Browsed by
Tag: Horror

Book Review: Slewfoot: A Tale of Bewitchery, by Brom

Book Review: Slewfoot: A Tale of Bewitchery, by Brom


Slewfoot: A Tale of Bewitchery by Brom
My rating: 4 of 5 stars

Brom is almost distressingly talented. Not only is the man a brilliant artist, he has a deft hand and quick wit when it comes to storytelling. Krampus was the first book I had ever read by him, and it was one of my top reads of 2021. This book didn’t hit me quite as hard, but it did prove to me that Krampus was definitely not a one-off. Slewfoot is an exploration of control through religion, the subjugation of women under the patriarchy, the dangers of suppression when mingled with superstition, and the near mystical ability of nature to heal herself from wounds inflicted by man. And on top of all that, it’s just a fun, if brutal, story.

“Angels must often do dark deeds in the name of the Lord.”

Read More Read More

Book Review: The Dark Tower (The Dark Tower, #7) by Stephen King

Book Review: The Dark Tower (The Dark Tower, #7) by Stephen King


The Dark Tower by Stephen King
My rating: 5 of 5 stars

The Dark Tower is the pentacle of Stephen King’s magnum opus, and I’ve been terrified to get to it. King isn’t known for nailing his landings, and this one is especially controversial. I was afraid that, after reading 8,781 pages, or 3,951,408 words, on my long road to the Tower, I would be left feeling woefully disappointed, and as if I had wasted my time. I’m here to tell you that, thankfully, that isn’t the case. After reading the final pages of The Dark Tower I can safely say that this is my favorite completed series of all time. I’ve never read anything else like it. The only series that I think will eventually surpass it is Brandon Sanderson’s Stormlight Archives, but it will be well over a decade before that is completed. In the meantime, The Dark Tower stands alone among completed series for me. As it should.

“The road and the tale have both been long, would you not say so? The trip has been long and the cost has been high… but no great thing was ever attained easily. A long tale, like a tall Tower, must be built a stone at a time.”


There will be some vague spoilers here, though I’ll not mention any name save Roland’s. I simply don’t know how else to discuss a final book in a series so large. Skip to the end or turn back now if you wish to go into or continue this series knowing as little as possible.

Read More Read More

Book Review: Song of Susannah (The Dark Tower, #6) by Stephen King

Book Review: Song of Susannah (The Dark Tower, #6) by Stephen King


Song of Susannah by Stephen King
My rating: 4 of 5 stars

Song of Susannah is the penultimate installment in King’s magnum opus, The Dark Tower. And though I still wouldn’t consider it a bad book by any means, I do believe it’s the weakest in the series since The Gunslinger. That being said, I still very much enjoyed my time in this world and with these characters. I was absorbed the entire time, and the tension was palpable. Even when King isn’t at his best, there’s something about his writing that just sucks me in and won’t let me go, even after I’ve read the final pages.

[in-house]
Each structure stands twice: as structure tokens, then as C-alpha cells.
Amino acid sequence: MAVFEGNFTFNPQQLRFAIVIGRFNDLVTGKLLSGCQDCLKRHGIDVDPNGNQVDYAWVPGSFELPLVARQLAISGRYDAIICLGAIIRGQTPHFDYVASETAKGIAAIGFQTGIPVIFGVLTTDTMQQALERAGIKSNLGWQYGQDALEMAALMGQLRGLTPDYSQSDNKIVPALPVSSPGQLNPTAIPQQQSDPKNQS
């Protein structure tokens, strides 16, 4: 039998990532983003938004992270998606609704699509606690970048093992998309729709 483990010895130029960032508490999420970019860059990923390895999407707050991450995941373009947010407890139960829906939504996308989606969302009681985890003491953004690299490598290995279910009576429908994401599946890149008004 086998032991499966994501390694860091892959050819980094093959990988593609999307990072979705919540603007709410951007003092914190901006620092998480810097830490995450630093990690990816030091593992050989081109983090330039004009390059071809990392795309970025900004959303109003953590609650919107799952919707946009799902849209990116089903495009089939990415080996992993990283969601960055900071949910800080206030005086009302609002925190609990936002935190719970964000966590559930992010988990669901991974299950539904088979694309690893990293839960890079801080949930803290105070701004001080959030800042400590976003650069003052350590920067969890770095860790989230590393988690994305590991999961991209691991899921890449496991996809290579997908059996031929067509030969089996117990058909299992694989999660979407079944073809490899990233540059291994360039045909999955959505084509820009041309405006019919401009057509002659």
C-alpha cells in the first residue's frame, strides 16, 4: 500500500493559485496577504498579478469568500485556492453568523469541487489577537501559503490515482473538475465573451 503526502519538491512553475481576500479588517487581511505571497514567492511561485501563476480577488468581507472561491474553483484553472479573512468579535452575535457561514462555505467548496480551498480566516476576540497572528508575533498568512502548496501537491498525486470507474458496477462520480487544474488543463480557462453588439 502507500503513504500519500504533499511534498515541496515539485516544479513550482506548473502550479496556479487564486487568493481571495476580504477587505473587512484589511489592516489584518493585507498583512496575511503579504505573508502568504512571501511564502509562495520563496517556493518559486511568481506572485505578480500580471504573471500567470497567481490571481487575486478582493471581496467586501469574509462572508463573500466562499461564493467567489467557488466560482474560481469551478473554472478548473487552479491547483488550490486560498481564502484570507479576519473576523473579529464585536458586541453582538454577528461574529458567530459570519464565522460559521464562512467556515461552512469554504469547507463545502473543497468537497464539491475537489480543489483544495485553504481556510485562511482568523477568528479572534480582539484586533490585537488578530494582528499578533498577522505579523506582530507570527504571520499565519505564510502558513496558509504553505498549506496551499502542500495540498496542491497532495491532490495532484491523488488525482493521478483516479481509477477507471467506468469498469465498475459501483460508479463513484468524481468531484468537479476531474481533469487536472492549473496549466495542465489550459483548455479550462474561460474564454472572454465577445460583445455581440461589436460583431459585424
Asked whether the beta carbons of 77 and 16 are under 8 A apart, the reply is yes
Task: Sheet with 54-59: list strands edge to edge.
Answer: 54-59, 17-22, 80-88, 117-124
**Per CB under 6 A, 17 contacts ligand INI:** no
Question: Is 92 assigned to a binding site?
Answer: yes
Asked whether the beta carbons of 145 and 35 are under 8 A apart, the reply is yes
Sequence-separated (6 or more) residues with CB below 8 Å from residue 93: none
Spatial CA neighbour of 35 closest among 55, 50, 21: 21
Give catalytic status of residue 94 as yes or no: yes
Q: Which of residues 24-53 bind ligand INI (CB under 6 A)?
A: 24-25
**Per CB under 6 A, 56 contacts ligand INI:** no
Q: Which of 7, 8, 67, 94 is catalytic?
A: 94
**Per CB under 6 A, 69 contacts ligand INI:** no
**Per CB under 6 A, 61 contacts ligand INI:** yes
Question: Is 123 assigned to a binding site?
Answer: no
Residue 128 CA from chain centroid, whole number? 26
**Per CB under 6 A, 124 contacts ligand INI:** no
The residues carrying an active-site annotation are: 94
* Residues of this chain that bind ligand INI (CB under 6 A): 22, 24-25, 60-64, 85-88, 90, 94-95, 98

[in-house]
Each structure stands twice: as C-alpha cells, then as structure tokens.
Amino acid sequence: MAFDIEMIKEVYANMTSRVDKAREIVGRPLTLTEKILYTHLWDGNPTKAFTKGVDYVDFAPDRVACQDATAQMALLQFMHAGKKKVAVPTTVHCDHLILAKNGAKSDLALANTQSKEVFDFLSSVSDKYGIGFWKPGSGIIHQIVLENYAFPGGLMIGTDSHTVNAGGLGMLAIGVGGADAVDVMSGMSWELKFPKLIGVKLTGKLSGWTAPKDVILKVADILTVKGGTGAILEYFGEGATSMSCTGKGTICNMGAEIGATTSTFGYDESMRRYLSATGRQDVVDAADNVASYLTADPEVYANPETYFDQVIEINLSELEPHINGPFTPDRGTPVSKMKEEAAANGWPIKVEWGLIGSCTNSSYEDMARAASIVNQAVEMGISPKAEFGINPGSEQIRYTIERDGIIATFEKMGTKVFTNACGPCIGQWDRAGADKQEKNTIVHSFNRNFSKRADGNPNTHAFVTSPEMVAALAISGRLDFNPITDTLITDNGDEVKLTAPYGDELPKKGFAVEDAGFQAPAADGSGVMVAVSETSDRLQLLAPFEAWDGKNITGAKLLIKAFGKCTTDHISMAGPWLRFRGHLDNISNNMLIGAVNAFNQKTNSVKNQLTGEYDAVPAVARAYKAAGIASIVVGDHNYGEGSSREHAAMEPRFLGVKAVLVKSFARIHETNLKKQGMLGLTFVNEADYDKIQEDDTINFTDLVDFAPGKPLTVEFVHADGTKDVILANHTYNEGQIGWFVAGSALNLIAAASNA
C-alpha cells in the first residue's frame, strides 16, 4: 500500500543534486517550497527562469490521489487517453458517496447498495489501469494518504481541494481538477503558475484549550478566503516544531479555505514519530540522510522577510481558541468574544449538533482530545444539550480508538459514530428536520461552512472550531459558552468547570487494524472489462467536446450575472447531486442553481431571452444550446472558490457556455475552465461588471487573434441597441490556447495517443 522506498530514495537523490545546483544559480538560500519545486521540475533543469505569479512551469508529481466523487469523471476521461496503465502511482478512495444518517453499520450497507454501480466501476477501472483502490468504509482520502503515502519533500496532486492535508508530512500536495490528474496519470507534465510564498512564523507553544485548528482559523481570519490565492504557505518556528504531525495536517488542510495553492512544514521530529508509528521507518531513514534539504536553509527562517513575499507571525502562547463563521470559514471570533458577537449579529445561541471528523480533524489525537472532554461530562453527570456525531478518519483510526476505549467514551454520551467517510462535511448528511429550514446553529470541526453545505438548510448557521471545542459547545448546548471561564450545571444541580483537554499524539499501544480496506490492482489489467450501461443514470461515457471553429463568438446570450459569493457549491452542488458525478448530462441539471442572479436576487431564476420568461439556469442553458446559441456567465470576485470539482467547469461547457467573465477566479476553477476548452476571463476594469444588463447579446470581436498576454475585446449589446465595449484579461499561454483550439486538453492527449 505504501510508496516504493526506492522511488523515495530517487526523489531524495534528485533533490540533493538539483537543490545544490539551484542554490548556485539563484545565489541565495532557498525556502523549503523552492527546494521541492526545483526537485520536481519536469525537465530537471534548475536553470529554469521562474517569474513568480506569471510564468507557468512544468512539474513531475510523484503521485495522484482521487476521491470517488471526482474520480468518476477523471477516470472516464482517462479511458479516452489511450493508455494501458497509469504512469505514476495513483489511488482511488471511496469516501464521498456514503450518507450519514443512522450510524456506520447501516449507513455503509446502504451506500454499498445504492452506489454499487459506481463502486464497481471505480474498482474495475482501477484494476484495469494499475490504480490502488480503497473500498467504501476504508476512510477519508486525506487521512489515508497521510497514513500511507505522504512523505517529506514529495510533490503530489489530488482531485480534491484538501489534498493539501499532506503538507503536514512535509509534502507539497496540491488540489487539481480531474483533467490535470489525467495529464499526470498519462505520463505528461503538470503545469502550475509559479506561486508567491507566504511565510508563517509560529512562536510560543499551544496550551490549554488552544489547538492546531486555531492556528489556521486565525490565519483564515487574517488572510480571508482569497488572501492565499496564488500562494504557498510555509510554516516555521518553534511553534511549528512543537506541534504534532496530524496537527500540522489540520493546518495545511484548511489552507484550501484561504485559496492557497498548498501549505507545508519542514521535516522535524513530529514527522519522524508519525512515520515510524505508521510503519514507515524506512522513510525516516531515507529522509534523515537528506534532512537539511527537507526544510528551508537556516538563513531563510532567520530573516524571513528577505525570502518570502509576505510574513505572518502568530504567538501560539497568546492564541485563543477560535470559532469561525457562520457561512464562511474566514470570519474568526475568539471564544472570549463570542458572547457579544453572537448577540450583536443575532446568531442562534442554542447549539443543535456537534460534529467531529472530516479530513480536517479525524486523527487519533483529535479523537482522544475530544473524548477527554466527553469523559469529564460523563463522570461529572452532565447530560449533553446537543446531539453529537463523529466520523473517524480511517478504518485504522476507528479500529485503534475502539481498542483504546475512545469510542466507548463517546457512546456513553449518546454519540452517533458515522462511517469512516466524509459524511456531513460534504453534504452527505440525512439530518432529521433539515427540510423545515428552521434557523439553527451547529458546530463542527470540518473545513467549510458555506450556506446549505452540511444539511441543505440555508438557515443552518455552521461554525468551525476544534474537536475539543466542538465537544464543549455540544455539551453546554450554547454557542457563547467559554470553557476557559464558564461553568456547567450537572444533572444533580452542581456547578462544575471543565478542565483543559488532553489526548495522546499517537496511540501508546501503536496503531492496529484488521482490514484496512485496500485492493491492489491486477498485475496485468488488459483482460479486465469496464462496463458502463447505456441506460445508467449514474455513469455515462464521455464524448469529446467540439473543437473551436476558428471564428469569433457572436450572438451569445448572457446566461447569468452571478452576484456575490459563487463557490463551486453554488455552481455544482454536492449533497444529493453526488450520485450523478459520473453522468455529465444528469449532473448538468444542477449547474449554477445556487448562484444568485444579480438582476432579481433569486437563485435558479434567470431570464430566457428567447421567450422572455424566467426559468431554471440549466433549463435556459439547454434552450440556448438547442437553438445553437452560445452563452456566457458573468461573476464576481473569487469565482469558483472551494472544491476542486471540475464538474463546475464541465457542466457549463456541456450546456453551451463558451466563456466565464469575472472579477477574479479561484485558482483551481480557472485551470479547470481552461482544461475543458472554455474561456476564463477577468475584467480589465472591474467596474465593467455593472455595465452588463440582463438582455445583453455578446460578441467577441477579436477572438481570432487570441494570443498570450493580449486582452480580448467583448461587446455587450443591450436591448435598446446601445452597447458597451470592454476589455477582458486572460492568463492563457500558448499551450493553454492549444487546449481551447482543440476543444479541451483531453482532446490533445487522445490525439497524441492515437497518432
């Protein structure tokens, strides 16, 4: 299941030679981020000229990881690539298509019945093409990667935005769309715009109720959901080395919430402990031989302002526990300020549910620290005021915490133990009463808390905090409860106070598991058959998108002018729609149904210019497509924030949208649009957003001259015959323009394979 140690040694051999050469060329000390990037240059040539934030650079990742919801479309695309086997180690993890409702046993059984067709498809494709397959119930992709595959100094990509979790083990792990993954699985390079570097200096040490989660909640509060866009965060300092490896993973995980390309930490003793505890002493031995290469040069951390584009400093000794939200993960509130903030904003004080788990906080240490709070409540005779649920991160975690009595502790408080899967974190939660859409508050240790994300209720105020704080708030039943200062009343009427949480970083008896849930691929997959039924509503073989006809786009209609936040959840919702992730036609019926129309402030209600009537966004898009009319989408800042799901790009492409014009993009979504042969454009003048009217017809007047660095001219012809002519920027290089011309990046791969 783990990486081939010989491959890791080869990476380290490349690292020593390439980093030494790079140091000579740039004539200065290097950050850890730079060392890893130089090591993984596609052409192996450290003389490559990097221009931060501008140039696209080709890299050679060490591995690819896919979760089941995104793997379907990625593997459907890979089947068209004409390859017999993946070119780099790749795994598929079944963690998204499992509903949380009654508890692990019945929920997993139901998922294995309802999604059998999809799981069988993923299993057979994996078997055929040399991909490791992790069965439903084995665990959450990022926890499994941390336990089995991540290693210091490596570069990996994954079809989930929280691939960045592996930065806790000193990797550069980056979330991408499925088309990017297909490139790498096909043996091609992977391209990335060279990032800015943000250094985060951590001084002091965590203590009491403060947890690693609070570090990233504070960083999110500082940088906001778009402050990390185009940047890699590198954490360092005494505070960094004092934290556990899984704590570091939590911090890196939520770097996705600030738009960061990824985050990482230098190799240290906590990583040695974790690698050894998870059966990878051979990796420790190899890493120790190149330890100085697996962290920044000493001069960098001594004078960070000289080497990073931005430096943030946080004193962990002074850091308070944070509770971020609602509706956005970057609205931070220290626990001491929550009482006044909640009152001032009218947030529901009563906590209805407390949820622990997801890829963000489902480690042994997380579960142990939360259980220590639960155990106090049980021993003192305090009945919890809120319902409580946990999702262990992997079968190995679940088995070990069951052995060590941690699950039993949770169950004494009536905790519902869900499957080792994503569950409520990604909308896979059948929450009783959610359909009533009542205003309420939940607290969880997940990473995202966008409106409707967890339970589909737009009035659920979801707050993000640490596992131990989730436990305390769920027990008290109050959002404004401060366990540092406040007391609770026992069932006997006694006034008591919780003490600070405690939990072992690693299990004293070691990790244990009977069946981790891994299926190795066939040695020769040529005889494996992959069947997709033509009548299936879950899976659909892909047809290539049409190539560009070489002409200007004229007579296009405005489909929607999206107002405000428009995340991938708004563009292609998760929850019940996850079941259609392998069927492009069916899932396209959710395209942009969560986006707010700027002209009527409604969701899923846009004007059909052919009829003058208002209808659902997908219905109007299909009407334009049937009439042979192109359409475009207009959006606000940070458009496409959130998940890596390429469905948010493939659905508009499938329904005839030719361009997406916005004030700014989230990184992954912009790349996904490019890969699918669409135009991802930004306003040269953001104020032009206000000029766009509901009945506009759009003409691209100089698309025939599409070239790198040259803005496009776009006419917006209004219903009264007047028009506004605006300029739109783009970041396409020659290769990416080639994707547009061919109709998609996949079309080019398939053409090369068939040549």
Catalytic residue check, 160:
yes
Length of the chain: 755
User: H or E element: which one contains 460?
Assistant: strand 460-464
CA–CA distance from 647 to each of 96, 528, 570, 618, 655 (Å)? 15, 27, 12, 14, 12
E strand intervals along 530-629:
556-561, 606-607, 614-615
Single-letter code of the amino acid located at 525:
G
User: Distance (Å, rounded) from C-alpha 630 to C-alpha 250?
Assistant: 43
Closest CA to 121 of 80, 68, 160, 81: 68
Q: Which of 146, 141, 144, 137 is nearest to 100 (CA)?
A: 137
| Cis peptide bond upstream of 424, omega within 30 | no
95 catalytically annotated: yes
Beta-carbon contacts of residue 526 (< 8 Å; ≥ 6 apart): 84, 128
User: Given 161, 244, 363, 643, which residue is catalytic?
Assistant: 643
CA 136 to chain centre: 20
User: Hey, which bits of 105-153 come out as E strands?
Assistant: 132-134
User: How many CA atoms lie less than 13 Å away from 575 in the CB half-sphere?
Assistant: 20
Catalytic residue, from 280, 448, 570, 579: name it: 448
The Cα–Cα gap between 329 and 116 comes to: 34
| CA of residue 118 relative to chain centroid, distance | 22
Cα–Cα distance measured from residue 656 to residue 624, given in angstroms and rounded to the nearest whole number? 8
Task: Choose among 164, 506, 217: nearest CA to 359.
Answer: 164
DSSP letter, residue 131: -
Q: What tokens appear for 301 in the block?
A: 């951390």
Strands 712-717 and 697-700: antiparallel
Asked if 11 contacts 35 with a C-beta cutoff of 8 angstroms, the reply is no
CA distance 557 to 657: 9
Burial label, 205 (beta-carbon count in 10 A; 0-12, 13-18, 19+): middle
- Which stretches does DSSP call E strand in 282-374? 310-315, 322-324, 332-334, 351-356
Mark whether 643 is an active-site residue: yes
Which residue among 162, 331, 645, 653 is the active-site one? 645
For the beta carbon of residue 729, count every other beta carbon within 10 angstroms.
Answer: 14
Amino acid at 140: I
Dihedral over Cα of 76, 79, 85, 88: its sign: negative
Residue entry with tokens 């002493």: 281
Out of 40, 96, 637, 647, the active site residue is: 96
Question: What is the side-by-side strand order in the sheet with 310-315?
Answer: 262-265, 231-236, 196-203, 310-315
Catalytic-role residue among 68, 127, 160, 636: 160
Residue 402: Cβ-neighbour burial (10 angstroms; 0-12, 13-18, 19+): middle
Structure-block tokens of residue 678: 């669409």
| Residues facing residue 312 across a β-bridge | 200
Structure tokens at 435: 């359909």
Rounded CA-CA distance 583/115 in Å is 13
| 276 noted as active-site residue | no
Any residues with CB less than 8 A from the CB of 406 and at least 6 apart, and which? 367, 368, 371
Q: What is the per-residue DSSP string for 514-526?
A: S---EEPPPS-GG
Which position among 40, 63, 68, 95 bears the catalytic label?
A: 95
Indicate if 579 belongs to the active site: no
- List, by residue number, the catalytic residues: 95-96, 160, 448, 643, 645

“In the Land of Memory the time is always Now.
In the Kingdom of Ago, the clocks tick… but their hands never move.
There is an Unfound Door
and memory is the key which opens it.”

Read More Read More

Book Review: Wolves of the Calla (The Dark Tower, #5) by Stephen King

Book Review: Wolves of the Calla (The Dark Tower, #5) by Stephen King


Wolves of the Calla by Stephen King
My rating: 5 of 5 stars

When I first read The Gunslinger, I wasn’t a fan. But I was determined to get past that first book, because I know King views The Dark Tower as his magnum opus and I really wanted to at least try to read that. Then I got to The Drawing of the Three and fell in love it. I couldn’t help but think that it would be the highlight of the entire series for me, but then I read The Wastelands. And Wizard and Glass. And The Wind Through the Keyhole. And I’ve loved them all just as much. Wolves of the Calla was no exception. I would have never thought that a western-horror-fantasy would become one of my favorite series of all time, and yet here we are. If King doesn’t drop the ball in the last two books, this will have quite possibly been the most epic literary experience of my life.

Read More Read More

Book Review: The Book Eaters by Sunyi Dean

Book Review: The Book Eaters by Sunyi Dean


The Book Eaters
 by Sunyi Dean
My rating: 5 of 5 stars
Genre: Contemporary Fantasy, Horror
Pages: 304 pages (Hardcover Edition)
Published: 2nd August 2022 Tor Books (US), 18th Aug 2022 HarperVoyager (UK)


The Book Eaters is a feast of a story, with an aperitif of supernatural mystery, an amuse-bouche of family politics, three courses of contemporary Gothic horror, a vintage bottle of vengeance and a well-earned finale where diners get their just desserts.

Devon is a book eater, part of a race of supernatural entities that consumes tomes while absorbing the knowledge they contain. Devon is raising her five-year-old son Cai, who is not a book eater, but a mind-eater: he must sustain himself by feeding on the brains of others. This process is more vampiric than zombie: the feedings imprint the victims’ personalities upon Cai, so this five-year-old must contend with multiple identities constantly fighting for control of his mind.

Female book eaters are rare, so Devon’s Family—and the other Families of book eaters across modern day United Kingdom—arrange temporary marriages between Houses for procreative purposes. Eater women are used as little more than birthing cows before being forcibly separated from their children and moved onto the next marriage. It’s a patriarchal society full of empty promises and it’s horrifying.